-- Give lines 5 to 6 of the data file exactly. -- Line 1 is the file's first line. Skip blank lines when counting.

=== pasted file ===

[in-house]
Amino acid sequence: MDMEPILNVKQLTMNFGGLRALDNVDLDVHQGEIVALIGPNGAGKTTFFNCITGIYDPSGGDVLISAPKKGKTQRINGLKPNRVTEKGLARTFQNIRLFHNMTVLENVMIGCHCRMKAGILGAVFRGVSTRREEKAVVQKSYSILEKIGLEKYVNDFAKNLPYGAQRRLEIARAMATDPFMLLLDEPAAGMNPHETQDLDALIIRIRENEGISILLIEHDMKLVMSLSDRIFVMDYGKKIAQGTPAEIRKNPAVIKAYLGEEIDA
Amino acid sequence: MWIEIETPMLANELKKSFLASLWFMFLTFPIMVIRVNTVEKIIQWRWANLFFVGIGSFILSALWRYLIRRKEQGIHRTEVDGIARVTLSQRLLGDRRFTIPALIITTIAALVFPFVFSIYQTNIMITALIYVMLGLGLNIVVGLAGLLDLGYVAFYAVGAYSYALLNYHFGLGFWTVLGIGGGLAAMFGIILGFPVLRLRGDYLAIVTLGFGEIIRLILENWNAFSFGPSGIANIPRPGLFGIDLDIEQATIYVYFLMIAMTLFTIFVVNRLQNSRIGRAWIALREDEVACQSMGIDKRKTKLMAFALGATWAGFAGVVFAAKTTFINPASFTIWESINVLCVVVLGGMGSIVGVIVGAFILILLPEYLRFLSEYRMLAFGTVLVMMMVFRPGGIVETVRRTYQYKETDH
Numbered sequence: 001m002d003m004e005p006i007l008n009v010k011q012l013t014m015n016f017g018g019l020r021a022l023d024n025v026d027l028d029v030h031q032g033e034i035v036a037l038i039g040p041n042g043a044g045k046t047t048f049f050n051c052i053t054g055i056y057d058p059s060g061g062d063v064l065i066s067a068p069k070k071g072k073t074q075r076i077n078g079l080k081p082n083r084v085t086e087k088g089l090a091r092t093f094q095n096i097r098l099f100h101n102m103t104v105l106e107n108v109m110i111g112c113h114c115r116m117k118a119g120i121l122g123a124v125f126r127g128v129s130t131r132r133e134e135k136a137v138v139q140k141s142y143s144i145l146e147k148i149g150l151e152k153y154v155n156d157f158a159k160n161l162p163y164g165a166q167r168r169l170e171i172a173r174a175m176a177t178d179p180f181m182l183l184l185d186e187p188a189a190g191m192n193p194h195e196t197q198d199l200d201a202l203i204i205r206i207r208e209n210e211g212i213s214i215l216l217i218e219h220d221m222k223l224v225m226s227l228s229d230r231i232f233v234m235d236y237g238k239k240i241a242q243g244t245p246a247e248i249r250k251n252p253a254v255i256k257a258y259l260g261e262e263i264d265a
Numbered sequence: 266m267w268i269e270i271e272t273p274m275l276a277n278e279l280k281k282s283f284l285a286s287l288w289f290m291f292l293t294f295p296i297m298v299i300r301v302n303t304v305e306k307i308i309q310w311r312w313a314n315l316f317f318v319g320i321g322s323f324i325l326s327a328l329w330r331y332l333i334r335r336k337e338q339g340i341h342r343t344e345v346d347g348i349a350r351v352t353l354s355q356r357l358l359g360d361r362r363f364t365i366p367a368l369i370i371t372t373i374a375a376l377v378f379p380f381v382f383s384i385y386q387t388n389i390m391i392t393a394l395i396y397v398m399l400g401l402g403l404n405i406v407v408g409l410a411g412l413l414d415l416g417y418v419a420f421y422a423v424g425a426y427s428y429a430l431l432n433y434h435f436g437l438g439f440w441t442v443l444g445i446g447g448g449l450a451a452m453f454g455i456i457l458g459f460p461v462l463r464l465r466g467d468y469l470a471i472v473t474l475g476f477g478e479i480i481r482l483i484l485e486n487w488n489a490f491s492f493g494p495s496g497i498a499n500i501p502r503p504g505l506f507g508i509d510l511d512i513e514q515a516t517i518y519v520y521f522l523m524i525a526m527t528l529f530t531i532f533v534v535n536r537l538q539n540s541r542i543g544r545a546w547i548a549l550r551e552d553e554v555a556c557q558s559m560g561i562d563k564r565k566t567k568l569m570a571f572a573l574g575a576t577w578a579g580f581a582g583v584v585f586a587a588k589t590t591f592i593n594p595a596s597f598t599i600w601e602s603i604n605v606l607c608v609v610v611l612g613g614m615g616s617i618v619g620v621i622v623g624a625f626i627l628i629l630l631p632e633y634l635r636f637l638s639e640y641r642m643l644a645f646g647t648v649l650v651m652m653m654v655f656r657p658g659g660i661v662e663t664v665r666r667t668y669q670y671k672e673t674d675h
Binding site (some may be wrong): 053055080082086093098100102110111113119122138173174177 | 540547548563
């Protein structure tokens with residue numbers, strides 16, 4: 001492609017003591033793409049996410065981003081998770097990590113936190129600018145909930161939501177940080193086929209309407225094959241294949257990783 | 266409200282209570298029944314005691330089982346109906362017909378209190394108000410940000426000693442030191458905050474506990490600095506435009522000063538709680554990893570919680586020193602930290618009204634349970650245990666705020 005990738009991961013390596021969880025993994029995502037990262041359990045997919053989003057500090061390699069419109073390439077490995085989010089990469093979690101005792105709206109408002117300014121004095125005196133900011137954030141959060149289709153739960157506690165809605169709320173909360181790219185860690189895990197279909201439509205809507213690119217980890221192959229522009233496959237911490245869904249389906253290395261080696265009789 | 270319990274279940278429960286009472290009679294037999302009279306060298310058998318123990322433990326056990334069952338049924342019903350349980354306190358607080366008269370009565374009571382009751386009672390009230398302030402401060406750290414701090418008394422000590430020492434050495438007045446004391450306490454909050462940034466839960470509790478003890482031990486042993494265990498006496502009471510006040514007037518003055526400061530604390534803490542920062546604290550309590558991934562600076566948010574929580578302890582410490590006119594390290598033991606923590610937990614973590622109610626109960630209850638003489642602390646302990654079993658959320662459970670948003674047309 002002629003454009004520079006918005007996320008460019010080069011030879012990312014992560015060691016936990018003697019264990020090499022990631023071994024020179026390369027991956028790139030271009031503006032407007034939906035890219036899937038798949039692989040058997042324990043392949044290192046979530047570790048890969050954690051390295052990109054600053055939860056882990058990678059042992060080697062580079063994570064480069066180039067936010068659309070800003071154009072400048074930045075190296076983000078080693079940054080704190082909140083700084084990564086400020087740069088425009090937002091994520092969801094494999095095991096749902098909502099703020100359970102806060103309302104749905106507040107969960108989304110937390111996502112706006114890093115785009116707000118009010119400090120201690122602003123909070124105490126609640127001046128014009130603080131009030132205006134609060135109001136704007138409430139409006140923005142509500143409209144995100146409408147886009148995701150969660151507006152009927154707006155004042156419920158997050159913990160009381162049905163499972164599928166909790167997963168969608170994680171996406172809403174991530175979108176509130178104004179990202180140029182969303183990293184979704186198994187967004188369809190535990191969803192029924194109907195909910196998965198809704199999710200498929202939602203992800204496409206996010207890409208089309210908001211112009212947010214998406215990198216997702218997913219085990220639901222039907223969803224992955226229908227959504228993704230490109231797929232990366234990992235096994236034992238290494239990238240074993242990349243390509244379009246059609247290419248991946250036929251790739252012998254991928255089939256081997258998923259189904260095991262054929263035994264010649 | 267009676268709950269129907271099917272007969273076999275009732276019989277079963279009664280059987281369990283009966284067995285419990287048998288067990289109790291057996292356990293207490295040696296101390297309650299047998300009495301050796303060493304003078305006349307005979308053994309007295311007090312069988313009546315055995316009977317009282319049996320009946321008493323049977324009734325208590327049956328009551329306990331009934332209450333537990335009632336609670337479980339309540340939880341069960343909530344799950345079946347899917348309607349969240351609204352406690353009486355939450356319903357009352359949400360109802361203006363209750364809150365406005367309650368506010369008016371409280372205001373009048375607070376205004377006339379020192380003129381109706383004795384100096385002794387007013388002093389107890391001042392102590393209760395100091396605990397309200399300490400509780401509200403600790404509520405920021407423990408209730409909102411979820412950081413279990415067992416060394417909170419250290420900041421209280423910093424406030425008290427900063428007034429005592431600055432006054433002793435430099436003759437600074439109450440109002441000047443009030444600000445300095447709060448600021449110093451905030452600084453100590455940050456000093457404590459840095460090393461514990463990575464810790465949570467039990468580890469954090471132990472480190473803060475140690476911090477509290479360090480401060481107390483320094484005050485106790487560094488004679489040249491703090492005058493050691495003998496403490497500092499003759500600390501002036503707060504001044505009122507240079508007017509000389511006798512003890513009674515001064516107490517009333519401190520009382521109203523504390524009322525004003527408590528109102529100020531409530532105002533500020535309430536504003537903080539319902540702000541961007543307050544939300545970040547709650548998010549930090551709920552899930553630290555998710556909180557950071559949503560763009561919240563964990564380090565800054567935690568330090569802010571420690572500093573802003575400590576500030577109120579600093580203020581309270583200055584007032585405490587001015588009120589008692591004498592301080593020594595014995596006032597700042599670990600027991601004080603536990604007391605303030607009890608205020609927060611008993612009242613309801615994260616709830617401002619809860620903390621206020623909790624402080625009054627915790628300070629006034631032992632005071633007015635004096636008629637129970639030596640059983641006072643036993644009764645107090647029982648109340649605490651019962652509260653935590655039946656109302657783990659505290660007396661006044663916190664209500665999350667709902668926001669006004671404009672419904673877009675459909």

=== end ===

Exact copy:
Numbered sequence: 266m267w268i269e270i271e272t273p274m275l276a277n278e279l280k281k282s283f284l285a286s287l288w289f290m291f292l293t294f295p296i297m298v299i300r301v302n303t304v305e306k307i308i309q310w311r312w313a314n315l316f317f318v319g320i321g322s323f324i325l326s327a328l329w330r331y332l333i334r335r336k337e338q339g340i341h342r343t344e345v346d347g348i349a350r351v352t353l354s355q356r357l358l359g360d361r362r363f364t365i366p367a368l369i370i371t372t373i374a375a376l377v378f379p380f381v382f383s384i385y386q387t388n389i390m391i392t393a394l395i396y397v398m399l400g401l402g403l404n405i406v407v408g409l410a411g412l413l414d415l416g417y418v419a420f421y422a423v424g425a426y427s428y429a430l431l432n433y434h435f436g437l438g439f440w441t442v443l444g445i446g447g448g449l450a451a452m453f454g455i456i457l458g459f460p461v462l463r464l465r466g467d468y469l470a471i472v473t474l475g476f477g478e479i480i481r482l483i484l485e486n487w488n489a490f491s492f493g494p495s496g497i498a499n500i501p502r503p504g505l506f507g508i509d510l511d512i513e514q515a516t517i518y519v520y521f522l523m524i525a526m527t528l529f530t531i532f533v534v535n536r537l538q539n540s541r542i543g544r545a546w547i548a549l550r551e552d553e554v555a556c557q558s559m560g561i562d563k564r565k566t567k568l569m570a571f572a573l574g575a576t577w578a579g580f581a582g583v584v585f586a587a588k589t590t591f592i593n594p595a596s597f598t599i600w601e602s603i604n605v606l607c608v609v610v611l612g613g614m615g616s617i618v619g620v621i622v623g624a625f626i627l628i629l630l631p632e633y634l635r636f637l638s639e640y641r642m643l644a645f646g647t648v649l650v651m652m653m654v655f656r657p658g659g660i661v662e663t664v665r666r667t668y669q670y671k672e673t674d675h
Binding site (some may be wrong): 053055080082086093098100102110111113119122138173174177 | 540547548563